Which is why until the Buckeyes prove otherwise, they can expect a steady serving of the same defense that handed them their first loss of the season. The good news for Ohio State is that very few future opponents possess the defensive talent that Virginia Tech does, although Meyer knows that the toughest team left on the Buckeyes' schedule this season will certainly be taking a hard look at last weekend's game film.

"I don't know if people have the personnel [to play 46 defense]. I know one of them does. The team that won the Big Ten last year does," Meyer said, referencing Michigan State. "I don't know. That's risky stuff."

Risky? Sure. But as the Hokies proved last Saturday, it can be just as rewarding if Ohio State allows it to be.


Ben Axelrod is Bleacher Report's Ohio State Lead Writer. You can follow him on Twitter @BenAxelrod. Unless noted otherwise, all quotes were obtained firsthand. All recruiting information courtesy of 247Sports.

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Purdue vs. Notre Dame: TV Info, Spread, Injury Updates, Game Time and More

On the hunt for a sixth consecutive win over rival Purdue to retain the Shillelagh Trophy for the foreseeable future, No. 11 Notre Dame hits the road Saturday for Lucas Oil Stadium in the last of one of the sport's longstanding series.

One week removed from ending its series with Michigan—in dominant fashion, by the way—Notre Dame now looks to come out on top as a 68-year streak comes to a close.

The finality of the rivalry for the time being adds a layer of intrigue to this matchup that would otherwise be absent given the trajectories of both teams at this point. Desperation is a surefire motivator, so expect the Boilermakers to go down swinging Saturday.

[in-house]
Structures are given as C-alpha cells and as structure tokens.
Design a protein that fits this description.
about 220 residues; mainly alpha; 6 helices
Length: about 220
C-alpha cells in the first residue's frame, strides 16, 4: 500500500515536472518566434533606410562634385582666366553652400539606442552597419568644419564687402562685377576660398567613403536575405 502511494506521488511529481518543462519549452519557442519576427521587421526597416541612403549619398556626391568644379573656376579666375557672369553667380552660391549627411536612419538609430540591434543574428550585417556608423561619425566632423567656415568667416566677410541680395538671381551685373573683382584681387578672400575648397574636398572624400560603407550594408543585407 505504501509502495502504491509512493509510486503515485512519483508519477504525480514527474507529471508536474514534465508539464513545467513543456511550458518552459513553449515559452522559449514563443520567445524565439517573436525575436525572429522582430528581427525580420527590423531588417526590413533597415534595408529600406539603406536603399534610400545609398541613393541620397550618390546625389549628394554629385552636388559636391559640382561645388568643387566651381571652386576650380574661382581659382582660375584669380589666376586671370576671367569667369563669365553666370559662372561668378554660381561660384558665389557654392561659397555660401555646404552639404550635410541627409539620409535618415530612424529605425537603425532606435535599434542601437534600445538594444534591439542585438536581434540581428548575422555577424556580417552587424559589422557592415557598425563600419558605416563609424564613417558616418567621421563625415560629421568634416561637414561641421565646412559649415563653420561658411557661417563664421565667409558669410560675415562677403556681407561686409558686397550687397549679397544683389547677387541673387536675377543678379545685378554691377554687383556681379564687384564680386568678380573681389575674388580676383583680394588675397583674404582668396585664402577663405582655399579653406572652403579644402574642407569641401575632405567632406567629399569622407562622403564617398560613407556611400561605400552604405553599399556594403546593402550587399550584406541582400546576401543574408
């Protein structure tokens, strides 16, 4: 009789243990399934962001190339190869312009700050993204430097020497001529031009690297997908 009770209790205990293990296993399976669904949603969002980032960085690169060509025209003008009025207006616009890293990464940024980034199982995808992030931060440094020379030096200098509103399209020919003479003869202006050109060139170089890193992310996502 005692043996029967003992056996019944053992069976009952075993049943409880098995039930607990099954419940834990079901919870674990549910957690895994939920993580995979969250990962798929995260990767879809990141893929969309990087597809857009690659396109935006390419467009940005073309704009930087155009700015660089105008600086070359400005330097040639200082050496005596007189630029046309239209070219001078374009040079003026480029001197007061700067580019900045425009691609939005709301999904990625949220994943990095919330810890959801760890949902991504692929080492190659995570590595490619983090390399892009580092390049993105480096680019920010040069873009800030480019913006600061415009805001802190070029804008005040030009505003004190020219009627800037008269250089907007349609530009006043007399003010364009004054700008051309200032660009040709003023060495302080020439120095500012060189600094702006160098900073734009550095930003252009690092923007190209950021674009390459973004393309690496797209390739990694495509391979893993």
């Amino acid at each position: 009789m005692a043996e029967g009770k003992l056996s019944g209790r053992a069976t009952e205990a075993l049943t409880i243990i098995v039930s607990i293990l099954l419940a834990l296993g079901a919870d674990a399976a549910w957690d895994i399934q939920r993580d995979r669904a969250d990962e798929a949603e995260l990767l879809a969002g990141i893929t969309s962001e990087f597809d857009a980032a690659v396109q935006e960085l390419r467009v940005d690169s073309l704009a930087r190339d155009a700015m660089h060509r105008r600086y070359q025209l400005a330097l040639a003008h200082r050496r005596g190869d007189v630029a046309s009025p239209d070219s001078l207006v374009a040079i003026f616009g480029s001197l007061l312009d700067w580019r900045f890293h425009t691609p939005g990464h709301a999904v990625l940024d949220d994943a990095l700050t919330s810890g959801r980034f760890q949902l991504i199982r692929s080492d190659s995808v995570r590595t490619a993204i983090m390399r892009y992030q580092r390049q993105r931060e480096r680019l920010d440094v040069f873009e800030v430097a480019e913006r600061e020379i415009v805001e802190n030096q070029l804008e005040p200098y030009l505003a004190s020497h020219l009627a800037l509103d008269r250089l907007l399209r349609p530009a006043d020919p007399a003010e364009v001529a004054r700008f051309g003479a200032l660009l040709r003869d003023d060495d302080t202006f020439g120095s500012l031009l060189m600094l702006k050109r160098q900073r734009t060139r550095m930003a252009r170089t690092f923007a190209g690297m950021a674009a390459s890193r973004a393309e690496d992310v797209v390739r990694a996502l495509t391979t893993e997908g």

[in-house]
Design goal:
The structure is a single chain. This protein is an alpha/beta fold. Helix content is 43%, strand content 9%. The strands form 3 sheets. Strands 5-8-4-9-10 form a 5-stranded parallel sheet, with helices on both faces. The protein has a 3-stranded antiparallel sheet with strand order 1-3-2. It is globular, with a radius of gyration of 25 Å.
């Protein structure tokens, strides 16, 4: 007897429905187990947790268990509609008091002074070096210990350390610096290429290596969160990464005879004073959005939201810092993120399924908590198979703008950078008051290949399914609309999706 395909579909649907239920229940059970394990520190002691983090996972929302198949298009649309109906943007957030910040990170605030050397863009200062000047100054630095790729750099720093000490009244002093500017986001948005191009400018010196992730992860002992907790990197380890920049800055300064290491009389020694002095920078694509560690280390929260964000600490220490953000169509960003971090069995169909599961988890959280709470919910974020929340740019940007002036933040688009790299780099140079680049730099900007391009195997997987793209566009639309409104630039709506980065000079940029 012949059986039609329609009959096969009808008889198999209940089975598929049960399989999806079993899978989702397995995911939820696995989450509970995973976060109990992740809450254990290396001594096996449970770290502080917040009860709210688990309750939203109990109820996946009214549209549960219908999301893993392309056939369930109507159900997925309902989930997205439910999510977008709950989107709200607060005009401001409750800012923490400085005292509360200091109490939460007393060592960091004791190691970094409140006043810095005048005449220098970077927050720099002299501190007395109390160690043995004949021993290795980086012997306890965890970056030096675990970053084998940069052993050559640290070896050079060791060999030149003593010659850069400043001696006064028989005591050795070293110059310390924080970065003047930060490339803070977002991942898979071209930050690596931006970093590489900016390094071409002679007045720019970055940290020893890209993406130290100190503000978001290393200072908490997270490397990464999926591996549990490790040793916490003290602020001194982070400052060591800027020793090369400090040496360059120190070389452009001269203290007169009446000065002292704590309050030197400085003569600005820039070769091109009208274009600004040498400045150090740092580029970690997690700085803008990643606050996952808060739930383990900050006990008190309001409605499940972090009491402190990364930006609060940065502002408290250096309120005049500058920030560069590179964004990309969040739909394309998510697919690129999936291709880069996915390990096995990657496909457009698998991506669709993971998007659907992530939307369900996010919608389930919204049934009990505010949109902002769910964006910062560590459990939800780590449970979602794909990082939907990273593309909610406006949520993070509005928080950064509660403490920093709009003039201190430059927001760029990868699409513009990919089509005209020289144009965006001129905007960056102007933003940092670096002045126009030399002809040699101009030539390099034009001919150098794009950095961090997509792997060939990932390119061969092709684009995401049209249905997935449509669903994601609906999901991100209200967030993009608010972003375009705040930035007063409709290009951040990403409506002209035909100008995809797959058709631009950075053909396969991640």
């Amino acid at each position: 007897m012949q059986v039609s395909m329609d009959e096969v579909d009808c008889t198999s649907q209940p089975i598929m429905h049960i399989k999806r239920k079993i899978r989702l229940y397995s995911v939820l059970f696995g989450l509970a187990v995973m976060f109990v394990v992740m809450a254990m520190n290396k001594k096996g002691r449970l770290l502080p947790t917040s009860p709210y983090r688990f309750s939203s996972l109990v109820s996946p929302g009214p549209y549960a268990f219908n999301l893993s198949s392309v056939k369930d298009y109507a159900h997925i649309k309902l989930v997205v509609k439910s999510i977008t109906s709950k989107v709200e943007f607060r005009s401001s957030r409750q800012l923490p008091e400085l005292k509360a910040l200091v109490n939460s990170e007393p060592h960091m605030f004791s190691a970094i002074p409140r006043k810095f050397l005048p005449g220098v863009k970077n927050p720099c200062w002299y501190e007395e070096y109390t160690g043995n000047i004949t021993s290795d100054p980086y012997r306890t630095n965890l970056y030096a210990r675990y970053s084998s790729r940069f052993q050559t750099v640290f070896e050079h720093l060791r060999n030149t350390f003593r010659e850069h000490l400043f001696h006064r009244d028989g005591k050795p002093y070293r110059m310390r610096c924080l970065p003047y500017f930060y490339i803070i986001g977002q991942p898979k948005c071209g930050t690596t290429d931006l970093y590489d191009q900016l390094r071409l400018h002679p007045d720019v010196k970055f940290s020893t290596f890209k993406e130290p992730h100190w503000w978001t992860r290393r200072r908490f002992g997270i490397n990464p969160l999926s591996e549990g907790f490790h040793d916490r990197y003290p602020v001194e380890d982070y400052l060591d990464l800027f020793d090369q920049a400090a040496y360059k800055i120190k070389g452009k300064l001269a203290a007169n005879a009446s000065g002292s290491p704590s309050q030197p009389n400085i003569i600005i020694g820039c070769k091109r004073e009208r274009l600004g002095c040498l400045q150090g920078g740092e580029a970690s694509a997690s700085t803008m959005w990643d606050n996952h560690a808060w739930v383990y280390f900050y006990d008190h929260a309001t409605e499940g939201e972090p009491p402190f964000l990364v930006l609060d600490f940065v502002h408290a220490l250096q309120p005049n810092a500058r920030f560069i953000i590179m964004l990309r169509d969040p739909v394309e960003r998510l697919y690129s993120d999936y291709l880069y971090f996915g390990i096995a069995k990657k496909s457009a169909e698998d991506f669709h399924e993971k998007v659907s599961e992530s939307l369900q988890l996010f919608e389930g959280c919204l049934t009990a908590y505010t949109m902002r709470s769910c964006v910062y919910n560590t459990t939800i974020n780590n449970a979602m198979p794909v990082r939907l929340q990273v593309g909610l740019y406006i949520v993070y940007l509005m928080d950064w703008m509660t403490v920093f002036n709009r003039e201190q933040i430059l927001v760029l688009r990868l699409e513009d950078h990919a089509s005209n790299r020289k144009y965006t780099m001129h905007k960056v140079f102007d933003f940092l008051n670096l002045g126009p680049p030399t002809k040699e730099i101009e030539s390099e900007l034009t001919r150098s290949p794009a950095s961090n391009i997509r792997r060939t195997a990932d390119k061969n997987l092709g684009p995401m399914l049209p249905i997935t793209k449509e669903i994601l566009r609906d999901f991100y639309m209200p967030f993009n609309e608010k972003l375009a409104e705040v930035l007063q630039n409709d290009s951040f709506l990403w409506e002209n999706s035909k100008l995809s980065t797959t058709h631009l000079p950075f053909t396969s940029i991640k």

Then again, many thought the same for Michigan last week. With any luck, this one will turn out to be a much more entertaining affair between heated rivals. 


Questions and Answers...Or Lack Thereof

The return of senior quarterback Everett Golson has provided the Fighting Irish with a spark most could not have fathomed before the season.

Really, it's as if he never left. Through two games, Golson has thrown for 521 yards and five touchdowns with another three scores on the ground. It's not as if Golson is doing it against strictly bad competition, either, with three of those passing touchdowns coming against the Wolverines. In that game, he completed 67.6 percent of his passes.

Not only is Golson suddenly a Heisman contender, he has the attention of those at the next level, such as Bleacher Report's Matt Miller:

As it stands, the questions as to how quickly the Notre Dame offense could be effective have been met with a resounding answer.

That is, of course, a bit of bad news for the Boilermakers. Darrell Hazell's team actually started the season on the right foot, beating Western Michigan 43-34. Sophomore quarterback Danny Etling went for 181 yards and two scores. Running back Raheem Mostert tallied 146 yards and a score on 22 carries.

It all turned bad the week after, though. Etling threw two picks in a 38-17 loss to Central Michigan while Mostert gained all of 53 yards with a 2.8 average. As Tyler James of humorously notes, the defense did not exactly show up, either:

The up-and-down play of the entire team has done nothing short of raise more questions than answers. Hazell hinted to the press in the week leading up to the game that neither quarterback is technically the starter (the other being Austin Appleby, who attempted 17 passes against Central Michigan).

"We'll let you know here in a couple of days," Hazell said, per Mike Carmin of "I'm not going to say it's a competition. We'll make the decision here as we go forward, come out of (Tuesday's) practice and see where we are and go from there."

Barring an epic turnaround, Saturday's contest will be a continued search for an identity for Purdue.


The Notre Dame Effect

This is one ugly contest set to unfold—on paper.

The thing is, even when the Boilermakers are at their worst, they still pull a great performance out of the hat against Notre Dame. Kelly understands this, as captured by Irish Illustrated: